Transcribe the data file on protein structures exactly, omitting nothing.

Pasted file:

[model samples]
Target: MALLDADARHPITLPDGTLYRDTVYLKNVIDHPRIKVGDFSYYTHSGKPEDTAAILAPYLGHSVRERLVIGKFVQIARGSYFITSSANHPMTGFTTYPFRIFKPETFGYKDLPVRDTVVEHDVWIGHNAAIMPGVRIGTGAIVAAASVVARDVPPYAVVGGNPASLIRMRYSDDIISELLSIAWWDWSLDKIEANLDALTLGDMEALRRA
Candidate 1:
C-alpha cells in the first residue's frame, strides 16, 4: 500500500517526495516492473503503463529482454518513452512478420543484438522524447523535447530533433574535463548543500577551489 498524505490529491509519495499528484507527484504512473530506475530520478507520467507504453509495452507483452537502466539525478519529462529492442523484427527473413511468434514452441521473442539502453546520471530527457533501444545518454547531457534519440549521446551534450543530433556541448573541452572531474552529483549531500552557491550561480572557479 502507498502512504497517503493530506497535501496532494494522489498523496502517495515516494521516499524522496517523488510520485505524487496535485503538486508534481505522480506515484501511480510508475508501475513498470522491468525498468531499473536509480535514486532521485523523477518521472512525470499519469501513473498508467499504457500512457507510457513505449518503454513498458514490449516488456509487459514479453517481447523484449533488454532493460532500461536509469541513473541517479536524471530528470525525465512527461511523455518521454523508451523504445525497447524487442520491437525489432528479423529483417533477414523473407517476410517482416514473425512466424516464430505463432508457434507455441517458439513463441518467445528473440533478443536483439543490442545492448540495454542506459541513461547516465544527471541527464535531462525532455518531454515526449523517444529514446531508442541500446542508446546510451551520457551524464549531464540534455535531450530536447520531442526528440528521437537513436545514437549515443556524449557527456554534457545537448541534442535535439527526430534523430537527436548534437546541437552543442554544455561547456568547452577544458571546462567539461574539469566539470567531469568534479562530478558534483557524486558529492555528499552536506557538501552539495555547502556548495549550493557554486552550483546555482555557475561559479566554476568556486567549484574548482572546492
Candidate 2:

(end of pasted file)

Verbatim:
[model samples]
Target: MALLDADARHPITLPDGTLYRDTVYLKNVIDHPRIKVGDFSYYTHSGKPEDTAAILAPYLGHSVRERLVIGKFVQIARGSYFITSSANHPMTGFTTYPFRIFKPETFGYKDLPVRDTVVEHDVWIGHNAAIMPGVRIGTGAIVAAASVVARDVPPYAVVGGNPASLIRMRYSDDIISELLSIAWWDWSLDKIEANLDALTLGDMEALRRA
Candidate 1:
C-alpha cells in the first residue's frame, strides 16, 4: 500500500517526495516492473503503463529482454518513452512478420543484438522524447523535447530533433574535463548543500577551489 498524505490529491509519495499528484507527484504512473530506475530520478507520467507504453509495452507483452537502466539525478519529462529492442523484427527473413511468434514452441521473442539502453546520471530527457533501444545518454547531457534519440549521446551534450543530433556541448573541452572531474552529483549531500552557491550561480572557479 502507498502512504497517503493530506497535501496532494494522489498523496502517495515516494521516499524522496517523488510520485505524487496535485503538486508534481505522480506515484501511480510508475508501475513498470522491468525498468531499473536509480535514486532521485523523477518521472512525470499519469501513473498508467499504457500512457507510457513505449518503454513498458514490449516488456509487459514479453517481447523484449533488454532493460532500461536509469541513473541517479536524471530528470525525465512527461511523455518521454523508451523504445525497447524487442520491437525489432528479423529483417533477414523473407517476410517482416514473425512466424516464430505463432508457434507455441517458439513463441518467445528473440533478443536483439543490442545492448540495454542506459541513461547516465544527471541527464535531462525532455518531454515526449523517444529514446531508442541500446542508446546510451551520457551524464549531464540534455535531450530536447520531442526528440528521437537513436545514437549515443556524449557527456554534457545537448541534442535535439527526430534523430537527436548534437546541437552543442554544455561547456568547452577544458571546462567539461574539469566539470567531469568534479562530478558534483557524486558529492555528499552536506557538501552539495555547502556548495549550493557554486552550483546555482555557475561559479566554476568556486567549484574548482572546492
Candidate 2: